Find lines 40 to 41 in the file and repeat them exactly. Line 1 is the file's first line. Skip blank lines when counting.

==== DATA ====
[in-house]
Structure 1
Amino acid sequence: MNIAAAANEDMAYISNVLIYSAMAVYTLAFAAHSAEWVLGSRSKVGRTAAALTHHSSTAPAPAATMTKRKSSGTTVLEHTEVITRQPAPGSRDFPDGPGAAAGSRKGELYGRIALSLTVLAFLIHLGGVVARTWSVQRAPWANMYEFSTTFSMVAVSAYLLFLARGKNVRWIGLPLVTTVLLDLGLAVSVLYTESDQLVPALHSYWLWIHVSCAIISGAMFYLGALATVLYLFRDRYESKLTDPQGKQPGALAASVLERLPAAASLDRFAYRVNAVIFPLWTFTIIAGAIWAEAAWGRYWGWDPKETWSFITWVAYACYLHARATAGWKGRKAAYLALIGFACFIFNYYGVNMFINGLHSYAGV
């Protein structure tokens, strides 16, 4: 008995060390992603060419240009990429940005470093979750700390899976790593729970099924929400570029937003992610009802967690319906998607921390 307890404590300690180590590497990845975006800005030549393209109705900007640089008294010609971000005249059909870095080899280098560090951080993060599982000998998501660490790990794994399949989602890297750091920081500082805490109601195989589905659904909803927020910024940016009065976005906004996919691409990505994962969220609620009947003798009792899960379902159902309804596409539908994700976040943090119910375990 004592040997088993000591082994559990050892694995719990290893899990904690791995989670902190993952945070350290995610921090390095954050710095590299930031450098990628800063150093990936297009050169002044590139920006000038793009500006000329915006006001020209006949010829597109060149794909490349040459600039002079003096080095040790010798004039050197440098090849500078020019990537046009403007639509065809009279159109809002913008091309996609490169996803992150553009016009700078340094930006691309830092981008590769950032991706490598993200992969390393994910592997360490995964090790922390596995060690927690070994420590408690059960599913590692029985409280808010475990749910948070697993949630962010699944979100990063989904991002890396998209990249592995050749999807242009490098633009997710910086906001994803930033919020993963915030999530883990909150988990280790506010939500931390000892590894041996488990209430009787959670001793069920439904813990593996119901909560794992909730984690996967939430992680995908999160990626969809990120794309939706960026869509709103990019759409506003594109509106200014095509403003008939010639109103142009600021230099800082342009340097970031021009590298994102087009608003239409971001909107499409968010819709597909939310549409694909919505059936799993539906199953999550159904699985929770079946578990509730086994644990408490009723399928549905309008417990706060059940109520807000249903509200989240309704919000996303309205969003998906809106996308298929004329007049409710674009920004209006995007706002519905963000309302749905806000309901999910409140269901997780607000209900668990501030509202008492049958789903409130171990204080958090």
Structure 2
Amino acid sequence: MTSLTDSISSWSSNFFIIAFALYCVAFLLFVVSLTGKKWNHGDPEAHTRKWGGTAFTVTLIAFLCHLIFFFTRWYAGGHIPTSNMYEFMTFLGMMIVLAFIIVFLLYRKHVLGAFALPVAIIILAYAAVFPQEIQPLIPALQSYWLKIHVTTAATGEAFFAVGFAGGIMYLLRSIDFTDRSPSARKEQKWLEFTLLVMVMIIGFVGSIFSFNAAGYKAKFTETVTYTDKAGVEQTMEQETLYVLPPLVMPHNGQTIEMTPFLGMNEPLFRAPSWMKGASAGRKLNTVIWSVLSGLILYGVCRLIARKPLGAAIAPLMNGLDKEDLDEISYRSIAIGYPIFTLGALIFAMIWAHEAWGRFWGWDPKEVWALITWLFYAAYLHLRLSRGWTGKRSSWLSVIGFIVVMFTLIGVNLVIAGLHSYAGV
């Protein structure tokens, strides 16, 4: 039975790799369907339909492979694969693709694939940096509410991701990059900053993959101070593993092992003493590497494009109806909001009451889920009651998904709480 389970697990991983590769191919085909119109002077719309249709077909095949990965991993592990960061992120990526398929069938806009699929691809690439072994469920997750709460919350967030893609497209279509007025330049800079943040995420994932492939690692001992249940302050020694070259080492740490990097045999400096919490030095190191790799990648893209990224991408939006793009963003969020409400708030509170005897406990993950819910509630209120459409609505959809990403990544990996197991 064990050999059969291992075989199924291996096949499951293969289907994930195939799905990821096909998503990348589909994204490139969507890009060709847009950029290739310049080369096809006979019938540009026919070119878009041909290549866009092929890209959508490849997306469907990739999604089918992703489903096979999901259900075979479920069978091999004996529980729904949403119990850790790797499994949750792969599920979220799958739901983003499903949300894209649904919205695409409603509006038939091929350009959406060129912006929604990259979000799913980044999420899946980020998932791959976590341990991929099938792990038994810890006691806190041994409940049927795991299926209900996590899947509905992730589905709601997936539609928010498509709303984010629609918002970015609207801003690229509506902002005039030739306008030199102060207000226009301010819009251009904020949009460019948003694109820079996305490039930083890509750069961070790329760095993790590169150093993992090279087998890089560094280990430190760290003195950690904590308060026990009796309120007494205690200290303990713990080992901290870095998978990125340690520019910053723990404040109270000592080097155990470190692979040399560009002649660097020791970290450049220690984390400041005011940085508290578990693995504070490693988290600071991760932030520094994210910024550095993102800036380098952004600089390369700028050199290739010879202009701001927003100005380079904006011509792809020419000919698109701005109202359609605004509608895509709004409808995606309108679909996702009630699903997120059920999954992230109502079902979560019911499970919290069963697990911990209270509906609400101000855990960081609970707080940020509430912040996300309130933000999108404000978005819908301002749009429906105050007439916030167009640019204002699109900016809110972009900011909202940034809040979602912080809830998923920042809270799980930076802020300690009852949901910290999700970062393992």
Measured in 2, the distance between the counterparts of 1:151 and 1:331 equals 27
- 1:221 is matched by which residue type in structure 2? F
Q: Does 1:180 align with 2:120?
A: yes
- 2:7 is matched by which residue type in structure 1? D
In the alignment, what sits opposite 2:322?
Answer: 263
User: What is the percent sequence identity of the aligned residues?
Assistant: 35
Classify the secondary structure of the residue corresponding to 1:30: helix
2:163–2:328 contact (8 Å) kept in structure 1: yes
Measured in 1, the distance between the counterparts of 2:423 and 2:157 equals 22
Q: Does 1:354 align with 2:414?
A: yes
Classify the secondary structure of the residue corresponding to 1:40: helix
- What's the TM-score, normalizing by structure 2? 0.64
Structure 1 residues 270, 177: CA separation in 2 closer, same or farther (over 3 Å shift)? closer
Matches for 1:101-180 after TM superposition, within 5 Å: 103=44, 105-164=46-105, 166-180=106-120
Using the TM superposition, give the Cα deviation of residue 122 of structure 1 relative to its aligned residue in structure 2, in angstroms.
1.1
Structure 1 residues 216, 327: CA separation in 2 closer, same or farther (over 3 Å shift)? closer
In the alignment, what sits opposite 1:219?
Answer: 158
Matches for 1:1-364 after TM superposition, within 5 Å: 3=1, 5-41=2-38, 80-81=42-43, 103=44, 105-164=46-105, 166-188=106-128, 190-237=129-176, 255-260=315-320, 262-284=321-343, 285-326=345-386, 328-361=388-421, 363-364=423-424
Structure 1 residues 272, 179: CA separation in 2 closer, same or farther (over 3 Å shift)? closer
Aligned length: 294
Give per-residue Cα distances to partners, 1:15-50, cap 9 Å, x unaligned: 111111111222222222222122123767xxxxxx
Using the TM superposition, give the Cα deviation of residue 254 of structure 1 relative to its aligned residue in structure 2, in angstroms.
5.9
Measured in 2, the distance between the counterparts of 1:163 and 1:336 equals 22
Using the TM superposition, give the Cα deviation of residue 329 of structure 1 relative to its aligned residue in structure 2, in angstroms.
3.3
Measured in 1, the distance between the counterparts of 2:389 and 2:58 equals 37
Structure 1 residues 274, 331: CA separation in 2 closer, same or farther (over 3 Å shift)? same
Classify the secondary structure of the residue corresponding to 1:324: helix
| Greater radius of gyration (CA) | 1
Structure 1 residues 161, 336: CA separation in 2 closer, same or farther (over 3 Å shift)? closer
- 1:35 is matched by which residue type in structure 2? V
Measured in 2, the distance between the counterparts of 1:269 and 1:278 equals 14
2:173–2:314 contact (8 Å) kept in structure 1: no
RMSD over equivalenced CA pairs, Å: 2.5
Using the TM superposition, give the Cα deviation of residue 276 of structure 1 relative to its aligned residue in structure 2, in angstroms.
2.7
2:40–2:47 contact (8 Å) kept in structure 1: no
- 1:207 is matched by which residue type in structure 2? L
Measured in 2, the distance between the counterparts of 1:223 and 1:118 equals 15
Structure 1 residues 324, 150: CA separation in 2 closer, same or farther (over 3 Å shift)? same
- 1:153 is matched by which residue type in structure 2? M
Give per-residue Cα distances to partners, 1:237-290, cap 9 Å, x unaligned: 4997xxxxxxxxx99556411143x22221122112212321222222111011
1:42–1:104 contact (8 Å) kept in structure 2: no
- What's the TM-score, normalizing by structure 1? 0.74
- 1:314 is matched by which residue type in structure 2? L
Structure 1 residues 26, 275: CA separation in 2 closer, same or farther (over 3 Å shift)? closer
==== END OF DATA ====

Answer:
Measured in 1, the distance between the counterparts of 2:389 and 2:58 equals 37
Structure 1 residues 274, 331: CA separation in 2 closer, same or farther (over 3 Å shift)? same